EPA’s Interim Final Rule and Further Plans

The interim final rule announced on September 3, 2021, extends the March 8, 2021, compliance date for processing and distribution in commerce of certain PIP (3:1)-containing articles, and the PIP (3:1) used to make those articles from March 8, 2021, to March 8, 2022. The extension also applies to recordkeeping obligations for those PIP (3:1)-containing articles. EPA notes that the “limited extension to certain PIP (3:1) revised compliance dates is appropriate and necessary to address comments that the original compliance dates were not practicable and did not provide adequate transition time because they would have caused extensive harm to the economy and public due to unavailability of critical goods and equipment.” The extension does not apply to PIP (3:1)-containing goods that are not articles.

EPA also announced its intention to conduct two additional rulemakings:

  • An imminent notice of proposed rulemaking (NPRM) concerning any needs for additional PIP (3:1) extensions beyond March 8, 2022. EPA explained that it “does not yet have sufficient information on which to base a decision on the length of time that will ultimately be needed for the affected industry sectors to comply with the prohibitions in the January 2021 final rule.” EPA further noted that most commenters did not provide sufficient specifics in their submissions, and EPA expects to articulate in the proposed rule the information it will require for any stakeholder to substantiate an extension request.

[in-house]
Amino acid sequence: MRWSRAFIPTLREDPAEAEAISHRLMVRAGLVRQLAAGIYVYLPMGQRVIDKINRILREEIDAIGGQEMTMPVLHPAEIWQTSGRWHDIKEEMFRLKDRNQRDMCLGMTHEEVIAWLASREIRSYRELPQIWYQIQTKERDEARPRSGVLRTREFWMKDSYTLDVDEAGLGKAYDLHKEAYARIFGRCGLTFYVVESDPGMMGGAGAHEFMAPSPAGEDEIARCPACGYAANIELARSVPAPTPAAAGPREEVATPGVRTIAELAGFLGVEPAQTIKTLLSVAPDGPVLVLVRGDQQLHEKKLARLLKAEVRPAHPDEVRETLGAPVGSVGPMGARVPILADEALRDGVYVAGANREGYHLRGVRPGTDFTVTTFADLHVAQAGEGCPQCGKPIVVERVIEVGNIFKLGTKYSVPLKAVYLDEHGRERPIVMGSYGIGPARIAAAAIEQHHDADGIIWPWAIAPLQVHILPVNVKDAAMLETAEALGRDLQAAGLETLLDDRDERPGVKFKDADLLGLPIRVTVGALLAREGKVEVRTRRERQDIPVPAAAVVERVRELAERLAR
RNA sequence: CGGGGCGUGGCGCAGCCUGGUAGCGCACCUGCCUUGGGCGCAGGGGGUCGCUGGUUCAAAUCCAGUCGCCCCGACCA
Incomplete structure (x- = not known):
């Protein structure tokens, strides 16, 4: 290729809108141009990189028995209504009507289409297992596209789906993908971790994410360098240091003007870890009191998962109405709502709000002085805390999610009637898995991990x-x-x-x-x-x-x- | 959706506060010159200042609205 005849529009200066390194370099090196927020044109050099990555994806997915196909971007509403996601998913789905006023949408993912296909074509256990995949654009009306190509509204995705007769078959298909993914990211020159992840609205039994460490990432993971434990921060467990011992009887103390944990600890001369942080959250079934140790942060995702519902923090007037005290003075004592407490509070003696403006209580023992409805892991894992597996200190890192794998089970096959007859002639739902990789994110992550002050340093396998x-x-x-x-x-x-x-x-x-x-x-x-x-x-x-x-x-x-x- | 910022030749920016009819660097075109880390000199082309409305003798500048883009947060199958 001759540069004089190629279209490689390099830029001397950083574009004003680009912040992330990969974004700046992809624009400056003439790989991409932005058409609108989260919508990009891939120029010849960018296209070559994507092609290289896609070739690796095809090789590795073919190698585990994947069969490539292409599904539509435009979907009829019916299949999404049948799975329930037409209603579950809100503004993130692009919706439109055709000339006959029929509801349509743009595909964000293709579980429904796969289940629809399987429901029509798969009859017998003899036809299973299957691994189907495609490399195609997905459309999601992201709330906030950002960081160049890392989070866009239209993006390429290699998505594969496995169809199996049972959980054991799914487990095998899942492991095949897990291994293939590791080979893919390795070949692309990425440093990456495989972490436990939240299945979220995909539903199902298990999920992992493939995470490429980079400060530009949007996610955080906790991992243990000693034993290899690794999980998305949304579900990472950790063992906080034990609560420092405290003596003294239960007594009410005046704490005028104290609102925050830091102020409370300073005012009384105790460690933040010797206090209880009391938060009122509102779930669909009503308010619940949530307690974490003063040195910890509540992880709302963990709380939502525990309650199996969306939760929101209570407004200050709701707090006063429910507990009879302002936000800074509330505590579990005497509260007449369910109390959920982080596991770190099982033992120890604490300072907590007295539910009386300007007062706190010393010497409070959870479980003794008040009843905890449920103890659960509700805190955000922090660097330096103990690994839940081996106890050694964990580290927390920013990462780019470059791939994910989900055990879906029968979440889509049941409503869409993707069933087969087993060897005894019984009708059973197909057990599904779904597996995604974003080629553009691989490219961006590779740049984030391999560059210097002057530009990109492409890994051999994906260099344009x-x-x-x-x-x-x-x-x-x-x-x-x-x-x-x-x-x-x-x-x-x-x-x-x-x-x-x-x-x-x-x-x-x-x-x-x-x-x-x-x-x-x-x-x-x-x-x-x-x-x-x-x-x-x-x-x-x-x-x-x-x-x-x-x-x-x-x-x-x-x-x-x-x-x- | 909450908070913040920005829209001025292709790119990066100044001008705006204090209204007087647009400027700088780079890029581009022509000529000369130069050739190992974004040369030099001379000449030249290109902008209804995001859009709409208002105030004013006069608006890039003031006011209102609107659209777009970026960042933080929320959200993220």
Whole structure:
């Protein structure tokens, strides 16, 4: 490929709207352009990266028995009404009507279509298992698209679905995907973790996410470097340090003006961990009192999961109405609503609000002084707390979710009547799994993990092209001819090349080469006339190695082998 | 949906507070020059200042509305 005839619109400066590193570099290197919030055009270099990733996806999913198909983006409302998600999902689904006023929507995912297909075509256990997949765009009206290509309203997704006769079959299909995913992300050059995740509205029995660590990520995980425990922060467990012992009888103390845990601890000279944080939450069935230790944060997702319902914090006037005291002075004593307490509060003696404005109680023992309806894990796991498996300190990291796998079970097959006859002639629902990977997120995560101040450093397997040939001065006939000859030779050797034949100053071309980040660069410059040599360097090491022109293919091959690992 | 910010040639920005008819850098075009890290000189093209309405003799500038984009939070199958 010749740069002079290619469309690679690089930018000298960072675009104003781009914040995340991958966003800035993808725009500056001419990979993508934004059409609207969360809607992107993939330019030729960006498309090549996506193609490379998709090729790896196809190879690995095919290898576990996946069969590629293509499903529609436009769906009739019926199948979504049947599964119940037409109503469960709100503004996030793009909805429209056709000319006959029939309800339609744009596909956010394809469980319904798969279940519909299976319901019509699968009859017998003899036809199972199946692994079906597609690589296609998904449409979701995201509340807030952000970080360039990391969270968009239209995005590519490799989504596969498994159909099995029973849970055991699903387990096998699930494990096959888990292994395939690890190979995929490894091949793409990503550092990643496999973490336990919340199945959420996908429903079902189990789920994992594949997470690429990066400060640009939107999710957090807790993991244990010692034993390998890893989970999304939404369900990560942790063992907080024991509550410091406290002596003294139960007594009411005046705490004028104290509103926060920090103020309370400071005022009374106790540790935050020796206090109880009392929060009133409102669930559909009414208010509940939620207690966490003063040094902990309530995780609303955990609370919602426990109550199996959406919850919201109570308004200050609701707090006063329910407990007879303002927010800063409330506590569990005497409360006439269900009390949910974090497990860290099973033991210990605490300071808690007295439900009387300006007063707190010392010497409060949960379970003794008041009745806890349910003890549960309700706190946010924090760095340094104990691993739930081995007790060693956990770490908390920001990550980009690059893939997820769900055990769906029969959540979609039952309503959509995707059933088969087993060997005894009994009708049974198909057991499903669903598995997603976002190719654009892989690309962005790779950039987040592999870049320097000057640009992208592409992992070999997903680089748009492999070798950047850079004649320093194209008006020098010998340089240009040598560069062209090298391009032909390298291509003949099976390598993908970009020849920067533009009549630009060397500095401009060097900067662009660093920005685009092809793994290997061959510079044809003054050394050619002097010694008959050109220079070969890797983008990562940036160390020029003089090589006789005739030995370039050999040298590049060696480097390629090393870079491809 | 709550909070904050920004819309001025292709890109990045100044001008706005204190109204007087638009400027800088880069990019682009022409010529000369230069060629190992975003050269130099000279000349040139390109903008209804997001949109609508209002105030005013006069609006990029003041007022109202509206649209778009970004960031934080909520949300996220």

• A 2023 rulemaking that will reevaluate the rules for all five PBTs and specify the information and documentation required to support any additional extensions, including:
    • Specific uses in articles;
    • Documentation of efforts to identify, test, and qualify substitutes;
    • Documentation of certifications; and
    • Time estimates to address the items above.
What Should Stakeholders do Now?

Many stakeholders could not provide more specificity in their May 2021 comments because their supply chain inquiries were still ongoing. EPA’s announcement signaled its expectation that the six-month No Action Assurance, plus the 60-day comment period that will apply to the imminent NPRM provide sufficient time to complete those inquiries. Affected companies should take steps to continue and, if necessary, accelerate their supply chain diligence to meet EPA’s expectation. Companies should also compile the results of their diligence efforts, including documentation of the availability (or lack thereof) of substitutes for PIP (3:1).


King & Spalding’s national Environmental, Health & Safety practice includes attorneys experienced with TSCA and its requirements, particularly as TSCA impacts importers, distributors, and articles, and we are assisting clients in commenting on the PBT rules and evaluating methods to ensure compliance with the PBT rules. If you have questions about the PBT rules and their potential impacts on your company and industry, please contact our team.